Two simple yet profound words that are blowing up social media. Two words that are blowing up people’s lives.
Two words that are inviting us to have a real conversation about the hyper sexualization of our culture, our struggle to enjoy our sexuality in a healthy way, and the devastating effects those two realities have on us _ particularly women.
Sadly, “Me Too” is so common that we all know multiple women who carry the pain of that phrase.
Equally sad: a backlash of hatred and blame has been unleashed.
For example, consider the treatment ESPN “Sunday NFL Countdown” host Sam Ponder is receiving on twitter for having the audacity to call out the sexual harassment she received years ago from the guys at Barstool Sports, who called her sexually derogatory names.
Just to boil this down and clarify: a professional woman who is accomplished in her field uses her voice to speak out concerning sexual harassment and she is harassed even further by the men who did it in the first place.
The result is that those men get a weekly show on ESPN2 and the network tells her to “stay strong.”
Men continue to exercise their power and get what they want at the expense of women. This adds insult to injury. No wonder women feel victimized, angry, and unsupported.
But “Me Too” isn’t just out there on the internet or in other people’s lives.
The whole topic has forced me to reflect on my own life as it relates to sexual harassment.
My past addiction to pornography contributed to the problem of “Me Too.” There is no way to escape the reality that my porn use added to the hyper sexualization of the culture.
While i was being inculturated more and more into a pornographic lifestyle, i was adding to the demand for more sexual material and my money enriched pornographers whose businesses thrived on objectifying women sexually while they shaped our understanding of what a man is entitled to when it comes to indulging his sexual appetites.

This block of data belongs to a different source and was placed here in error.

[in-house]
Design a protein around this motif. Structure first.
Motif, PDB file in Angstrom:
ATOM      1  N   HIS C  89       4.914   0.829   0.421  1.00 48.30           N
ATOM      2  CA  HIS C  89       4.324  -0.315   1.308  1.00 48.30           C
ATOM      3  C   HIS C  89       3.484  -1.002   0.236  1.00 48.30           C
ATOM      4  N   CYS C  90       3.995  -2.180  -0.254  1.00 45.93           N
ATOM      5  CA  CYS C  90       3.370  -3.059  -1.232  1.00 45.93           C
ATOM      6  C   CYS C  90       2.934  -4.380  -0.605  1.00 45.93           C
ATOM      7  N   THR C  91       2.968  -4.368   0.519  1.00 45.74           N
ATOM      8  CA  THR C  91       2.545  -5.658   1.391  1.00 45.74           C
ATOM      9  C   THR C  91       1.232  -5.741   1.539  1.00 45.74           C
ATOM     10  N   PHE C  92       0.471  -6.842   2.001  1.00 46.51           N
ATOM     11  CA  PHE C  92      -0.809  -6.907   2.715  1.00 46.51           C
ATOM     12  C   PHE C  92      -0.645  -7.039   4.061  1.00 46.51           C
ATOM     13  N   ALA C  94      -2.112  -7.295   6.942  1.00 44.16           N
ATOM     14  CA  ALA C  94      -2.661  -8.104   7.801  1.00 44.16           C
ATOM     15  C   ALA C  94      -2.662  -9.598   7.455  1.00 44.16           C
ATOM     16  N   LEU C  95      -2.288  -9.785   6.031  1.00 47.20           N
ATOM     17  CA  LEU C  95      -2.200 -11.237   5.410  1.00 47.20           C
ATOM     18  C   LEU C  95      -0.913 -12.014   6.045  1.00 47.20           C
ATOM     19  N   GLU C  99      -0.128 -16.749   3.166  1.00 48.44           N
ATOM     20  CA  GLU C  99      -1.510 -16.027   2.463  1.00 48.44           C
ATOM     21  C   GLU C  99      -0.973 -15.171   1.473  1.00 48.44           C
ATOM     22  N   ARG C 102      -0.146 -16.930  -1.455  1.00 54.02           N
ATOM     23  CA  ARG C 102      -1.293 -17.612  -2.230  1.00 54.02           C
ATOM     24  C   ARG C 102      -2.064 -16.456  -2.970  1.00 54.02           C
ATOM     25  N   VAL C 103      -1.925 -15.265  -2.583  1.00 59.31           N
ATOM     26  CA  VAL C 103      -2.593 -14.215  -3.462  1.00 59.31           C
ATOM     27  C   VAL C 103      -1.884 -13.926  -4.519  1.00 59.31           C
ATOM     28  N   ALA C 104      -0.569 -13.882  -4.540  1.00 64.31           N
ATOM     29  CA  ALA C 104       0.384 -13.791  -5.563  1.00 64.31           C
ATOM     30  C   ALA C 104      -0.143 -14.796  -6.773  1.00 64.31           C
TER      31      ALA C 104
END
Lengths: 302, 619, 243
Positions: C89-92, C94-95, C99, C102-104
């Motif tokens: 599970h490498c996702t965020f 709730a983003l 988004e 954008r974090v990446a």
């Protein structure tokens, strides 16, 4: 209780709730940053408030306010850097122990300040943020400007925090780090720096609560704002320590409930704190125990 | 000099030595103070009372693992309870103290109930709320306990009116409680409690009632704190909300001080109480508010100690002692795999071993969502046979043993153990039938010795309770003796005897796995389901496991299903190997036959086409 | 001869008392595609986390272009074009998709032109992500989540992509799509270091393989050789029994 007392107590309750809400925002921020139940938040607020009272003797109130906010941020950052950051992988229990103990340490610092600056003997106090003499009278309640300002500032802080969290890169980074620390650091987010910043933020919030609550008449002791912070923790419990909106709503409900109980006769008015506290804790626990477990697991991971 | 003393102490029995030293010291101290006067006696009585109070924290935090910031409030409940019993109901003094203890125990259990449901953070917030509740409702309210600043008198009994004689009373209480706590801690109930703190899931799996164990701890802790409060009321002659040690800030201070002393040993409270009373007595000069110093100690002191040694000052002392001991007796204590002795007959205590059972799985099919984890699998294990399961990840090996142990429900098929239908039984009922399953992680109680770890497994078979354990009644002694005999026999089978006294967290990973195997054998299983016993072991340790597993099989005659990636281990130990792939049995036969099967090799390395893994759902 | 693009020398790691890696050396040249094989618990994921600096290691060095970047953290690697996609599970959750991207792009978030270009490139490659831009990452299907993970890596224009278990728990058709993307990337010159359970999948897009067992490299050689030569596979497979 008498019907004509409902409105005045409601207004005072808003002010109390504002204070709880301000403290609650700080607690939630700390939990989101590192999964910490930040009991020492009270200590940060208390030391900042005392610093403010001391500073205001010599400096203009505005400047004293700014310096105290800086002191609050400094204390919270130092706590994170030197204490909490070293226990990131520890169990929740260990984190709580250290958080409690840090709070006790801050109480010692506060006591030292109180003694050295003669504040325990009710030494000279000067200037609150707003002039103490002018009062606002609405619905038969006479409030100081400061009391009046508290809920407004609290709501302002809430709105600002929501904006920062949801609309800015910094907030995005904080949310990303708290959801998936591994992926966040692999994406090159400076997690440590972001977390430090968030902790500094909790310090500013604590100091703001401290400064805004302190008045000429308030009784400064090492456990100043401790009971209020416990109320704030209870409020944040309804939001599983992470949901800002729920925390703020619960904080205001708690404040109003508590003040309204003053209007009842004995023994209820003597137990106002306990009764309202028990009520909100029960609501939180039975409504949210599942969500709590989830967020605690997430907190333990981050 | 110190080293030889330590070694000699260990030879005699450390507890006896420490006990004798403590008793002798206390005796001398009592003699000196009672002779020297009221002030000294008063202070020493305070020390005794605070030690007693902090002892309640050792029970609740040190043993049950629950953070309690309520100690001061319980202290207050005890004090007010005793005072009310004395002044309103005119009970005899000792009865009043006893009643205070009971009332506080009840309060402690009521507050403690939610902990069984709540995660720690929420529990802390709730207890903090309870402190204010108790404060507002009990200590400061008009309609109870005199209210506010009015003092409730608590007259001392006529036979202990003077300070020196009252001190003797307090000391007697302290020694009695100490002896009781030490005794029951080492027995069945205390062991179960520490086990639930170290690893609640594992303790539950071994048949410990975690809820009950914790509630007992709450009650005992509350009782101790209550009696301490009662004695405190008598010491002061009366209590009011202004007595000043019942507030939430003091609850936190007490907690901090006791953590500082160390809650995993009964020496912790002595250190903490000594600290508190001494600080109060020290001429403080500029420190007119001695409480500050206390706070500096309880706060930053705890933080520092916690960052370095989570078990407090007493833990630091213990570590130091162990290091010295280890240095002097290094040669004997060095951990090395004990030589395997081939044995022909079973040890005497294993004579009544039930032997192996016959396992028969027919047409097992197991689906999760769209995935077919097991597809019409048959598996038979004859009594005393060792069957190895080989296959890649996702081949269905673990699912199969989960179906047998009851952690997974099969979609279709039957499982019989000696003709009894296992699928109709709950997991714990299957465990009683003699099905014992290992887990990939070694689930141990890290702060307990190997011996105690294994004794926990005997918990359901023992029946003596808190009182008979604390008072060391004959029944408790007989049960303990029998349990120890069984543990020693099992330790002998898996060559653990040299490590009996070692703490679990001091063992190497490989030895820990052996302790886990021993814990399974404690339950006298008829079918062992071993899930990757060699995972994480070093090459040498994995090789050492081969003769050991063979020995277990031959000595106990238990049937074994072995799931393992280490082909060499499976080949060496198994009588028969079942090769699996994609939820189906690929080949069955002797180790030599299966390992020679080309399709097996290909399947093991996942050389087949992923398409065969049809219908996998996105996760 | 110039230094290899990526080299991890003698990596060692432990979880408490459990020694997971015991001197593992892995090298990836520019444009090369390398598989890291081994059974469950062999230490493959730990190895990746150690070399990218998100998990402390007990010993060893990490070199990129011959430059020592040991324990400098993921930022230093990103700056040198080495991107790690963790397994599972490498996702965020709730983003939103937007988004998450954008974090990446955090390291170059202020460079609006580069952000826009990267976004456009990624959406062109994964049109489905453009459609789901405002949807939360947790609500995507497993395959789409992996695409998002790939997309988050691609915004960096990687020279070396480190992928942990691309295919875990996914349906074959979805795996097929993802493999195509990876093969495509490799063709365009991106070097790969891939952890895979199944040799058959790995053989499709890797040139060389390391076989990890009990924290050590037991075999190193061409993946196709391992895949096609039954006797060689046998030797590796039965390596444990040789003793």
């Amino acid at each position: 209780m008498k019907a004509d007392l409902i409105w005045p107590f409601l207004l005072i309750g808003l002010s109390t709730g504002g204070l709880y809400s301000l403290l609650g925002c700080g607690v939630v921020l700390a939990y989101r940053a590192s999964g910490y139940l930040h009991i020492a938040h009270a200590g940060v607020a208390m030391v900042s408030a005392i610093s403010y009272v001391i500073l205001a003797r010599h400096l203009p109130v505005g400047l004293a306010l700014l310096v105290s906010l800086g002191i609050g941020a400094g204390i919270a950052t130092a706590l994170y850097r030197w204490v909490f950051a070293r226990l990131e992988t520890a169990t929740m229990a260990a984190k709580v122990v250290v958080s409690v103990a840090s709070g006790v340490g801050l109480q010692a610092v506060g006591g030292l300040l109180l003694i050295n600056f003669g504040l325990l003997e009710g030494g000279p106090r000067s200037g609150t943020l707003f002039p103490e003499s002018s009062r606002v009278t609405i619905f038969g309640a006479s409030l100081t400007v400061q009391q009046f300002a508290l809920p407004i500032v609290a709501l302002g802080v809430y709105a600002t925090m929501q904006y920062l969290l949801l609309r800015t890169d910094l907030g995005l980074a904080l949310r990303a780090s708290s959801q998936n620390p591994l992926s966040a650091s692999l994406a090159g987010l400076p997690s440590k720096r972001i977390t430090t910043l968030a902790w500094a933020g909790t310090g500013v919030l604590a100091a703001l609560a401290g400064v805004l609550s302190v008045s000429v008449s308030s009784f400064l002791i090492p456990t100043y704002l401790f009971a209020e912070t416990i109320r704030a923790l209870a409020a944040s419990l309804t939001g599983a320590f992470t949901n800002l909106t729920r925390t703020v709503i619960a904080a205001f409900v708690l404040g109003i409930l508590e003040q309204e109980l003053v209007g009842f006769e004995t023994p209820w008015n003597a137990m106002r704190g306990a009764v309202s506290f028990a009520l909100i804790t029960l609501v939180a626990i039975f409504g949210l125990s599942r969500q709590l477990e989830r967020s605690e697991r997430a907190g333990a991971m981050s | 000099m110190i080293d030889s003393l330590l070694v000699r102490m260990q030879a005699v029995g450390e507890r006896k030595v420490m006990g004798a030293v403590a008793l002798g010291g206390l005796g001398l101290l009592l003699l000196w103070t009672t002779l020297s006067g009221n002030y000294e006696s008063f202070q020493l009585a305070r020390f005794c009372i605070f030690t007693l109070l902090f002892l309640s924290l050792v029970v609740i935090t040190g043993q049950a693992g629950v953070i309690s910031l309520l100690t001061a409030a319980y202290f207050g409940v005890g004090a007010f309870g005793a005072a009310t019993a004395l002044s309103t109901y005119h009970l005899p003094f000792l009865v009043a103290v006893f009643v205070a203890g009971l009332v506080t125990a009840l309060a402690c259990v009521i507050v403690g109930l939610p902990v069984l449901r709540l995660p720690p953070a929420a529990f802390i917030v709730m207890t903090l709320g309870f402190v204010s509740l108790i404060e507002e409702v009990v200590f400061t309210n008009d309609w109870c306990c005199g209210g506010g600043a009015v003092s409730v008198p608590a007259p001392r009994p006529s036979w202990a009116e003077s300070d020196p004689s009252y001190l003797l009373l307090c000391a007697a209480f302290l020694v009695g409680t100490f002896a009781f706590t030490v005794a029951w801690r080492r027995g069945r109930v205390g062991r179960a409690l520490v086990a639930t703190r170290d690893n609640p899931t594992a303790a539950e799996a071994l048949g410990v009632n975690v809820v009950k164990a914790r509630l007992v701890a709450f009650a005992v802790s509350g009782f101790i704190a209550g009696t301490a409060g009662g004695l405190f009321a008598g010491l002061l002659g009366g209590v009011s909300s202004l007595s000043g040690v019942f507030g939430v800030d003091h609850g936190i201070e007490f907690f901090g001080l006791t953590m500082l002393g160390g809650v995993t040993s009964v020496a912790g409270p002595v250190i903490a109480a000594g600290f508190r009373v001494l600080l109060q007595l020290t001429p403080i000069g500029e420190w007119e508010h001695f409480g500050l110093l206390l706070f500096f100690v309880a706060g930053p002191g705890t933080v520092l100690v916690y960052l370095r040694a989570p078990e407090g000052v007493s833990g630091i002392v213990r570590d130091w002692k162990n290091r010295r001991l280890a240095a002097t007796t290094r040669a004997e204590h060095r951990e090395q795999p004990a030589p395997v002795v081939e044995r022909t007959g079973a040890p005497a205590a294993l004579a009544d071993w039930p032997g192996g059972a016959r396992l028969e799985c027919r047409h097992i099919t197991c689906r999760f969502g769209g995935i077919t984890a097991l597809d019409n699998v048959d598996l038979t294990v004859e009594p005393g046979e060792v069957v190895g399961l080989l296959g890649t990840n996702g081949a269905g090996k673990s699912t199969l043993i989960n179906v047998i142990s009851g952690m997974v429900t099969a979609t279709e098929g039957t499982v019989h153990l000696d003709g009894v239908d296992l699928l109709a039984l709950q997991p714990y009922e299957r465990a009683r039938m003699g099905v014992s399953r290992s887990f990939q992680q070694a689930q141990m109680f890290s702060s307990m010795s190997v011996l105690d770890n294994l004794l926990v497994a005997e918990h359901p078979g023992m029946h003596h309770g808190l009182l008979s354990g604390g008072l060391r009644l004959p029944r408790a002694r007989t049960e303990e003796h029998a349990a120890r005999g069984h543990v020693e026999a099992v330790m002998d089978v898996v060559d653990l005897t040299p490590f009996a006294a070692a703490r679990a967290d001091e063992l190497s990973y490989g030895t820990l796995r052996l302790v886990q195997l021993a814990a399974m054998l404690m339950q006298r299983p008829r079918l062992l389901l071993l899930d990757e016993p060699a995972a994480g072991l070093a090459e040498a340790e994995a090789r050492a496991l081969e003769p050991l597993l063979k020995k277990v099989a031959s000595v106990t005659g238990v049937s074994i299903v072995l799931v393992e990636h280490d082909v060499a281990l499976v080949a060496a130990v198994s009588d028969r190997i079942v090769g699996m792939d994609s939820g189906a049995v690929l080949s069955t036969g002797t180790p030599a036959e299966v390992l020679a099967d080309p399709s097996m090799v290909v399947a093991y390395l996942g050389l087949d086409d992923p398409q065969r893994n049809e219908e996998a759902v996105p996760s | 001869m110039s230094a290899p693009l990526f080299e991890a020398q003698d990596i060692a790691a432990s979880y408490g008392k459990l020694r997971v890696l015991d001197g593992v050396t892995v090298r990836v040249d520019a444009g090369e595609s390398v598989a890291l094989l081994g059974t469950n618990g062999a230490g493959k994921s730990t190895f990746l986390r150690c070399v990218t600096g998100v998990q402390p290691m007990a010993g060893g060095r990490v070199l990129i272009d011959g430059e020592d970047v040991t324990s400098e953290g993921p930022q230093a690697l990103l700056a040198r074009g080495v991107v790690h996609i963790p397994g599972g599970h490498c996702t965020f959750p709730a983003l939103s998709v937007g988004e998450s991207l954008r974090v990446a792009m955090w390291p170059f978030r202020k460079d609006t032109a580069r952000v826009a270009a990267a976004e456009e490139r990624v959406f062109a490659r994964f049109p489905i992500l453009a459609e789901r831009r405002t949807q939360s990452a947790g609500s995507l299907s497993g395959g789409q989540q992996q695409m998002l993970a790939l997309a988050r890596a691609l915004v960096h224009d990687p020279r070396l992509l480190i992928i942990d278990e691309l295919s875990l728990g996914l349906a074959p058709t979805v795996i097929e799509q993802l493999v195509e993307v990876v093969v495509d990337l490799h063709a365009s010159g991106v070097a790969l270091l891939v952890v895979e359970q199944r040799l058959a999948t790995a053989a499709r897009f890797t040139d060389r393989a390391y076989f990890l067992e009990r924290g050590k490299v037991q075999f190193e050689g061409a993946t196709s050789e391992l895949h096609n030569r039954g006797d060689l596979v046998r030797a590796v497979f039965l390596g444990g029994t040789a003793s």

My porn use makes me partially culpable for the spate of “Me Too” statuses on social media and all the pain that underlies those two words in the lives of women who have had to suffer that indignity.
Women, i am deeply and profoundly sorry for my contribution. Please forgive me.
Unless and until we are ready to have the conversation about how the increasing pornification of our culture is involved in the heartbreaking tragedy signified by the movement of “Me Too,” we are bound to see history continue to repeat itself.
It is foolish to think that the male sexual entitlement of porn culture and Bro Culture is divorced from the reality of sexual harassment. Proponents of both porn culture and Bro Culture will argue there is no causal link, but all you have to do is observe the behavior of men who are influenced by those two cultural realities to see how they view women.
Men who have been heavy users of porn and now are trying to free themselves from its grip will also tell you: porn culture denies women dignity and feeds narcissistic tendencies in men who feel a need to satisfy their every sexual appetite.
i know because i have been one of those men, to my shame and embarrassment.
As i considered writing about “Me Too” given its rightful prominence in our culture recently, my first thought was that i would write as a victim, because i am. But the more i thought about it the more i realized that while i could write from that perspective, i actually need to write from the perspective of someone who unknowingly contributed to the problem.
My pornography use was wrong. My pornography use hurt women, real women.
Pornographers peddled their product to me and i was shaped by it to the point that i became a pornographer in terms of how i viewed and treated women. i became desensitized and i helped further an industry that made the world less safe for women.
In doing this i was a perpetrator although i never physically approached a woman. Many men have done this.
Some of us are fighting for freedom from this so that we, and the world, would be sexually healthy and women would feel safe and cherished as they should.